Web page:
While the image of ‘death’s bright clothes’ introduces a concern for negativity (absence, silence, and loss are often recognised), the gesture of ‘pointing out/ where the stars used to be’ resists the way negativity has become something of an easy, evasive trope. It keeps desire uncomfortable. This is poetry that wants presences that are tangible, tactilc, faintly sacramental. ‘After Many Sleepless Nights’ (a very impressive poem) knows that ‘death is all around’: cancer is growing, passengers are getting off a train, fish have disappeared from a pond, fires are making ash. In the middle of all this:

black currawong
among the fallen red
leaves between the black
bodies of the trees
the persimmon blazes
all its golden flames
catching and holding the wind
I am typing out pain
have almost forgotten it now
voice is speaking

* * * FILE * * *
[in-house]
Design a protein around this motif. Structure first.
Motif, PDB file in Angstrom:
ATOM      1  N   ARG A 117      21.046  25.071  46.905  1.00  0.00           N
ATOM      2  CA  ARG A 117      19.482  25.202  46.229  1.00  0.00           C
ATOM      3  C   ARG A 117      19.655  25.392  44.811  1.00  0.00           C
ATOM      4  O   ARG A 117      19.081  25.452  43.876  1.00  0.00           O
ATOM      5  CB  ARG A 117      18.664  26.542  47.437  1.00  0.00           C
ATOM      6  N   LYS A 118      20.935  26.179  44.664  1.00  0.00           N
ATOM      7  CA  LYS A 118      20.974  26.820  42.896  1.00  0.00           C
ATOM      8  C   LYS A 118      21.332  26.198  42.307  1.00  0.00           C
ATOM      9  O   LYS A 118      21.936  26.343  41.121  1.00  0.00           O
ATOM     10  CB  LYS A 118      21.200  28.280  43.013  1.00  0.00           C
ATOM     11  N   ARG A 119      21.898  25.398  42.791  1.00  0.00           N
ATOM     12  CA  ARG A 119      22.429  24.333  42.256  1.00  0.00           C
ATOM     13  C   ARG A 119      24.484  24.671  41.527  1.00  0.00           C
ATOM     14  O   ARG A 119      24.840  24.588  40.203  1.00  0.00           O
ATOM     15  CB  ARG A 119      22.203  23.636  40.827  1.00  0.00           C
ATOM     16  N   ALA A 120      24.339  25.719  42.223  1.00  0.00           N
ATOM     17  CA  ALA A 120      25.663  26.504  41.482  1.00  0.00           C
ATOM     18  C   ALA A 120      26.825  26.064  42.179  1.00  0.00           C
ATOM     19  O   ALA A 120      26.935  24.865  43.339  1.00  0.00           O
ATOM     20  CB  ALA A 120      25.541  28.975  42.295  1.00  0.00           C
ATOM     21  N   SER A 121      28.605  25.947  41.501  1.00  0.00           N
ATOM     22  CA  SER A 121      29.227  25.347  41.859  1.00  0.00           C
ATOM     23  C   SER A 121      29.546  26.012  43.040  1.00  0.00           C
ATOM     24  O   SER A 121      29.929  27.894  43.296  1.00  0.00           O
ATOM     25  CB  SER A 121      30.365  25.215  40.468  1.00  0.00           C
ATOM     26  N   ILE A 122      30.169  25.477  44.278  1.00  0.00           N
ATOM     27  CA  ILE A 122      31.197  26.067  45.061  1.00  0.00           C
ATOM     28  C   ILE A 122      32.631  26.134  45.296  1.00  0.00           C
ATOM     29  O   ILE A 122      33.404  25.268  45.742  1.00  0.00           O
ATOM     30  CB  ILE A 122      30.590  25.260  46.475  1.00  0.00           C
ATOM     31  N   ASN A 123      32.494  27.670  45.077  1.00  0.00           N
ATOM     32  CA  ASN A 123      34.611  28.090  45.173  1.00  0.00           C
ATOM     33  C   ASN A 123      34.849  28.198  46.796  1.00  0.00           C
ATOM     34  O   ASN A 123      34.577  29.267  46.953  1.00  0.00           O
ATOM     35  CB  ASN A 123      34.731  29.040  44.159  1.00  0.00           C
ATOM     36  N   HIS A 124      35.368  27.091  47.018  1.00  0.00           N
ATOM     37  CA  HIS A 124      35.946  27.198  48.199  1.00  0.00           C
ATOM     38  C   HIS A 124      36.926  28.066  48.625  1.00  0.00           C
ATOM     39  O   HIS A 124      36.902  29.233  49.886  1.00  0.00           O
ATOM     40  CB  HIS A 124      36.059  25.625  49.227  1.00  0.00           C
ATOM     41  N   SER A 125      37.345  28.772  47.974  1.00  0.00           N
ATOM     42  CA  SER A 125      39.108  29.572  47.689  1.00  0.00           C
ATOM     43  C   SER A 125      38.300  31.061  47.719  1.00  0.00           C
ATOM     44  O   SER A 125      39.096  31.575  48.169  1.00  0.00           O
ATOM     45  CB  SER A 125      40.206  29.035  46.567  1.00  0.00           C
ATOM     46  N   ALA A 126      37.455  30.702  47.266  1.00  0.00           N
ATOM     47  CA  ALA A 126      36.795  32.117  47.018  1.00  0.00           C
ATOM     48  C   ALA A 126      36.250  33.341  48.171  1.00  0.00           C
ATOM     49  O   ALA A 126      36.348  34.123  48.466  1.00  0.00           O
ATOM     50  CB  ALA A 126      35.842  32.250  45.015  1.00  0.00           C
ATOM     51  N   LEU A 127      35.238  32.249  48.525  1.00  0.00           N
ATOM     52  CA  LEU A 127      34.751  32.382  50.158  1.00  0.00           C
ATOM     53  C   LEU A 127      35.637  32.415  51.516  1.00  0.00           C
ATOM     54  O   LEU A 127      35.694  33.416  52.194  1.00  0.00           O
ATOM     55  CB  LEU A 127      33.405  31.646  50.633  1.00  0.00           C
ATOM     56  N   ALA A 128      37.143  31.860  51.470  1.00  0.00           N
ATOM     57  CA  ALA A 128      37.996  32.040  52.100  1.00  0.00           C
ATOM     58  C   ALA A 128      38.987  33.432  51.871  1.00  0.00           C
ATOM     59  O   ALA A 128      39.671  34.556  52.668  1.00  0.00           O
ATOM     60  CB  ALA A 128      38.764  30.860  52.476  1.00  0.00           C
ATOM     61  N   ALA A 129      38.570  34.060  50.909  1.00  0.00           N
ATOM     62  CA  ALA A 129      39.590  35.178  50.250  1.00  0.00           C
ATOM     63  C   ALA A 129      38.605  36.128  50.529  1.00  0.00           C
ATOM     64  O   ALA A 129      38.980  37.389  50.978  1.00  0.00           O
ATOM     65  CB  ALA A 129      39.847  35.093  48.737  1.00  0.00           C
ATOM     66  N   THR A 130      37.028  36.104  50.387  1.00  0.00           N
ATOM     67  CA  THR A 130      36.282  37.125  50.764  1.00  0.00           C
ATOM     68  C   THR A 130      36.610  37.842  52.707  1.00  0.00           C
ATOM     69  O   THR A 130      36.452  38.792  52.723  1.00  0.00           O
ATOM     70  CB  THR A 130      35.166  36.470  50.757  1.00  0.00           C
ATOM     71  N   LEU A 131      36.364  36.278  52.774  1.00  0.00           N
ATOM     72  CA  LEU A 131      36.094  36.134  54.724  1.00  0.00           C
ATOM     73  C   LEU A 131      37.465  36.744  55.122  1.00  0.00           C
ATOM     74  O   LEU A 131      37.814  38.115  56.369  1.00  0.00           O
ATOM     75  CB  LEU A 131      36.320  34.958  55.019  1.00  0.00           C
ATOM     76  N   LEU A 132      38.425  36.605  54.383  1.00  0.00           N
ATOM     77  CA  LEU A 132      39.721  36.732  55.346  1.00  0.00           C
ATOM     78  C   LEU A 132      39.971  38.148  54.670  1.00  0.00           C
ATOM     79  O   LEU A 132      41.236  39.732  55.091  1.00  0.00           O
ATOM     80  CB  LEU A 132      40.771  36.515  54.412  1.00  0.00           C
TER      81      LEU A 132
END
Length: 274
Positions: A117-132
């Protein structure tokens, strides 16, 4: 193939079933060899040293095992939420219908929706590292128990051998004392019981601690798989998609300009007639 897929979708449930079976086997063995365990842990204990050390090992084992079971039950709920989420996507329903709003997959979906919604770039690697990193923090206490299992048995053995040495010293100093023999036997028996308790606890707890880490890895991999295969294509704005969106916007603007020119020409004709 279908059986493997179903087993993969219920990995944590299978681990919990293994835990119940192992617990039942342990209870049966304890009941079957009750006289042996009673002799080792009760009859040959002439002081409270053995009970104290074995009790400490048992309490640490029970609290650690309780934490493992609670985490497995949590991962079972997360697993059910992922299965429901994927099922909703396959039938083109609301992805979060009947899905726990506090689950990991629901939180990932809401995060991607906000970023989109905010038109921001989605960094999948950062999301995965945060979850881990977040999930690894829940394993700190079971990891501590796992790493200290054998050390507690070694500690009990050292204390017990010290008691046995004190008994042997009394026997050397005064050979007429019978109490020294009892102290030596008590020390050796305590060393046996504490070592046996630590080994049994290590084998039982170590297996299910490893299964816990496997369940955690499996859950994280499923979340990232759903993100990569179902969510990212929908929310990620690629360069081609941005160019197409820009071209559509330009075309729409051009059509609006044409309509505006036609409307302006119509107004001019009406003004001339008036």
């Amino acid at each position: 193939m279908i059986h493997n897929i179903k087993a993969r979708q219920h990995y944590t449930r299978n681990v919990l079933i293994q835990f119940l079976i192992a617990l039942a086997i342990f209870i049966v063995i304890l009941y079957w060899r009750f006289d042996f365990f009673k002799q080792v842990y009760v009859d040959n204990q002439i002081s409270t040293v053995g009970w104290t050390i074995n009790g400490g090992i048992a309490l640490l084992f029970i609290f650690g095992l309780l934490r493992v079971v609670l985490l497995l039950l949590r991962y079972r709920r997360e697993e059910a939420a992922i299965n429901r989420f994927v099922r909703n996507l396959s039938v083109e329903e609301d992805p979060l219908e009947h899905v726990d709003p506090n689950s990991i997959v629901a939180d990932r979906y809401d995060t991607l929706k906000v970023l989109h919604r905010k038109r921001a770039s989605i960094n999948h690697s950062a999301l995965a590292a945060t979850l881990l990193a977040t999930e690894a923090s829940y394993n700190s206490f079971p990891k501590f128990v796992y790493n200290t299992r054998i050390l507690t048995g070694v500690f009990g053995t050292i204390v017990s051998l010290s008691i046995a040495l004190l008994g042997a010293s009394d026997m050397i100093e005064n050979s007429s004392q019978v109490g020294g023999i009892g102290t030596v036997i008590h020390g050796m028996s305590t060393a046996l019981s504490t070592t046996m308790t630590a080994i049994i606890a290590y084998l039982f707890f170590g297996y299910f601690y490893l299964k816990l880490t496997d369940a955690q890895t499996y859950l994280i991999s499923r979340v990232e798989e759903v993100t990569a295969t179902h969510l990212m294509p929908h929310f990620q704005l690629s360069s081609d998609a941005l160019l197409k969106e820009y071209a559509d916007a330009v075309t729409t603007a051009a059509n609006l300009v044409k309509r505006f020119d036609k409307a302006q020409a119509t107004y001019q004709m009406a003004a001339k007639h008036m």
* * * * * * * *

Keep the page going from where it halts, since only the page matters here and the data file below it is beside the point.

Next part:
The poem closes by explicitly reminding us ‘how terrible the art / of resurrection ‘-a risky move, but one that works, partly because the reference is left slender, and partly because the poern has reworked tile vocabulary of belief, referring lightly to dark reflections, mysteries, sacrifices and loss, and placing images of death next to those of birth. Quite a few of the poerns in The Weight of Irises set out to take experience through to this depth. ‘The Sea Horse’, in particular, does a very interesting variation on the theme of resurrection, showing how an image, a truth, ‘will not / be buried’, and settling, through that lineation, between affirmation and unease. ‘December 31st’ somehow manages to evoke the desire for angels after declaring ‘there are no angels / hovering over / the houses in Glebe’ and taking up the search for ‘true’ words ‘not fooled by the noise / of clapping mistaken / for wings’. ‘Seven Devils’ tells the story of a woman whose mind, body and blood threaten the religious establishment, if woman who is therefore said to be possessed; as Stasko tells it, the narrative of exorcism is gradually taken up by images of crucifixion. The speaker also seems to know that the Madonna has been used against her: